Becoming a truly anti-racist organisation
Right now, our mental health system is stacked against Black and Brown people. People from racialised communities are more likely to experience a mental health problem but less likely to receive the help they need.
Being there for everyone experiencing a mental health problem is fundamental to who we are. But the disproportionate impact of the coronavirus pandemic on racialised communities, and the tragic killing of George Floyd and the anti-racism protests that followed, made us recognise where we’d been falling short.
Yes. We’ve built services, campaigned for and supported people from racialised communities.
But individual projects and good intentions will only take us so far.
The deep-rooted inequalities in society and in the mental health system are also found within Mind. There are so many people we don’t reach. Who don’t see Mind as relevant to their lives. Who we haven’t listened to hard enough or worked with closely enough.
To change this, we recognise that Mind needs to change – in terms of who we are as an organisation, how we support the mental health of people from racialised communities and how we acknowledge and challenge racism more widely.
"The ‘big, bad black man syndrome’… you’re more likely to be heavily medicated or physically restrained. You expect it."
Our ambition is to become a truly anti-racist organisation. We will be an unflinching advocate for racial justice and mental health. Our support will be engaging and effective for people from racialised communities. We will invest in building an inclusive organisational culture with diverse leaders.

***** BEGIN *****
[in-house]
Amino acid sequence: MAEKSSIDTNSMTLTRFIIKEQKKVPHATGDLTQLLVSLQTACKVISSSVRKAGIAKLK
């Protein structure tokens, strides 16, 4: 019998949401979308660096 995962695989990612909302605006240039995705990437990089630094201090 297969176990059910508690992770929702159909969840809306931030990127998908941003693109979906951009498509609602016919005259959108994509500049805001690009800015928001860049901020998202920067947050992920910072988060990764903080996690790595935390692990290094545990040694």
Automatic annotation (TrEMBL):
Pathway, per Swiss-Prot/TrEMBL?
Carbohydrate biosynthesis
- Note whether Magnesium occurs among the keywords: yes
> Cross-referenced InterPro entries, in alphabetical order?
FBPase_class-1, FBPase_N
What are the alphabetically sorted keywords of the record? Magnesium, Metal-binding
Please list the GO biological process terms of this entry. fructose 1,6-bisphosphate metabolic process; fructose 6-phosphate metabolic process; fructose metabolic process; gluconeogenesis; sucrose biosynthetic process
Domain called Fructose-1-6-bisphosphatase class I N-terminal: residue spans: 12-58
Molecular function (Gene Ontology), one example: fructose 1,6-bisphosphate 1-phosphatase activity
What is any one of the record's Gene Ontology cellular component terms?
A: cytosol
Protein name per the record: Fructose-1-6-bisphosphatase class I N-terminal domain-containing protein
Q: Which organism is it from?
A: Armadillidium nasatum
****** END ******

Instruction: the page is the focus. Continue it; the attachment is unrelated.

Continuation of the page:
Our Race Equality in Mind Initiative will also look to deliver greater racial equity in our culture, our values, our structure, our decisions, the support we provide, our partnerships, our campaigns and the way all staff approach our roles. Mind trustee Richard Addy who chairs of our Race Equality Advisory Board will be leading this initiative.
We are partnering with organisations who have the experience and expertise to transform the mental health of racialised communities.
"The term 'hard to reach' is quite stigmatising and diminishing. If we’re hard to reach, it suggests we're the problem."
What we're doing now
Some of the things that we’re doing to support the mental health of racialised communities include:
- working together with the Ubele Initiative and Black Thrive on the BAYO programme. BAYO is here to support the mental health and wellbeing of young Black people through services, collectives and different organisations.
- our information on racism and mental health where you can find advice and support around the impact of racism.
- campaigning to end the racial disparity in the use of the Mental Health Act.
- campaigning on the introduction of Seni’s law to reduce the use of force specifically in mental health hospitals.
- working with our local Minds to provide tailored services to the diverse communities they serve.
Our anti-racism commitment statement
In the UK, race and mental health are closely linked. Systemic racism is detrimental to the mental health of Black people. Things have to change and that includes us. We are determined to think and act more equitably in solidarity with the Black community. We’re more committed than ever to becoming actively anti-racist in everything we do. We know we’ve still got a long way to go but we are determined to achieve this.
Read our strategy
In our charity strategy we're committing to becoming a truly anti-racist organisation. Find out what this means for us.
Young Black Men's programme
Our 3-year programme works with 11 to 30 year-olds by offering a range of tailored local services working specifically with young Black men.
Our Mental Health Act work
The current Mental Health Act is outdated and discriminatory. We're working to change that.